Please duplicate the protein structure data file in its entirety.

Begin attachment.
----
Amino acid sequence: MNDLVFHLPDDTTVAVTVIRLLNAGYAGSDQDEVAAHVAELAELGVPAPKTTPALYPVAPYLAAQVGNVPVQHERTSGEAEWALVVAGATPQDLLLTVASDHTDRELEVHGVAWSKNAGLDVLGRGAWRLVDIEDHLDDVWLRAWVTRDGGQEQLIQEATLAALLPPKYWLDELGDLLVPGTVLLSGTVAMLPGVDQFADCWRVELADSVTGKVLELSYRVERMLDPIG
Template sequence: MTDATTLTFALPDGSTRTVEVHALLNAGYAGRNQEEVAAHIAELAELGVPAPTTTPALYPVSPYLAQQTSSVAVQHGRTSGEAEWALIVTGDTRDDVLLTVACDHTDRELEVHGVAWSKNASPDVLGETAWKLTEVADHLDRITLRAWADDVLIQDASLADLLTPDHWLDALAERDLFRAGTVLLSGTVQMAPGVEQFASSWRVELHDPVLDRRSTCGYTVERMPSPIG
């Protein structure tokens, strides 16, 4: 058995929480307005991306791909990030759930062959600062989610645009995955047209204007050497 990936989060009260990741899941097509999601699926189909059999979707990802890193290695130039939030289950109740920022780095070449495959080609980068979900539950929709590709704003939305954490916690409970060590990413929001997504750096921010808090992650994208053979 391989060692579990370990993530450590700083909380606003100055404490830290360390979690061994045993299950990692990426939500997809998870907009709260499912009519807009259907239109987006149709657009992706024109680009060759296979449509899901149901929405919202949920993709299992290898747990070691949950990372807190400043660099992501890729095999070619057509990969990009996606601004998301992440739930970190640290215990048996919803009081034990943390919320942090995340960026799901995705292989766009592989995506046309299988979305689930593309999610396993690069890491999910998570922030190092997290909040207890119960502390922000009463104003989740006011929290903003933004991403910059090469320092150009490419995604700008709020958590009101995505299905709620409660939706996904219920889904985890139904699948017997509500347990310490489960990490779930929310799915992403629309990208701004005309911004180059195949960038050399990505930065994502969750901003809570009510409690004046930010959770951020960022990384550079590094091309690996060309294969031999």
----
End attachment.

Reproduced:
Amino acid sequence: MNDLVFHLPDDTTVAVTVIRLLNAGYAGSDQDEVAAHVAELAELGVPAPKTTPALYPVAPYLAAQVGNVPVQHERTSGEAEWALVVAGATPQDLLLTVASDHTDRELEVHGVAWSKNAGLDVLGRGAWRLVDIEDHLDDVWLRAWVTRDGGQEQLIQEATLAALLPPKYWLDELGDLLVPGTVLLSGTVAMLPGVDQFADCWRVELADSVTGKVLELSYRVERMLDPIG
Template sequence: MTDATTLTFALPDGSTRTVEVHALLNAGYAGRNQEEVAAHIAELAELGVPAPTTTPALYPVSPYLAQQTSSVAVQHGRTSGEAEWALIVTGDTRDDVLLTVACDHTDRELEVHGVAWSKNASPDVLGETAWKLTEVADHLDRITLRAWADDVLIQDASLADLLTPDHWLDALAERDLFRAGTVLLSGTVQMAPGVEQFASSWRVELHDPVLDRRSTCGYTVERMPSPIG
């Protein structure tokens, strides 16, 4: 058995929480307005991306791909990030759930062959600062989610645009995955047209204007050497 990936989060009260990741899941097509999601699926189909059999979707990802890193290695130039939030289950109740920022780095070449495959080609980068979900539950929709590709704003939305954490916690409970060590990413929001997504750096921010808090992650994208053979 391989060692579990370990993530450590700083909380606003100055404490830290360390979690061994045993299950990692990426939500997809998870907009709260499912009519807009259907239109987006149709657009992706024109680009060759296979449509899901149901929405919202949920993709299992290898747990070691949950990372807190400043660099992501890729095999070619057509990969990009996606601004998301992440739930970190640290215990048996919803009081034990943390919320942090995340960026799901995705292989766009592989995506046309299988979305689930593309999610396993690069890491999910998570922030190092997290909040207890119960502390922000009463104003989740006011929290903003933004991403910059090469320092150009490419995604700008709020958590009101995505299905709620409660939706996904219920889904985890139904699948017997509500347990310490489960990490779930929310799915992403629309990208701004005309911004180059195949960038050399990505930065994502969750901003809570009510409690004046930010959770951020960022990384550079590094091309690996060309294969031999």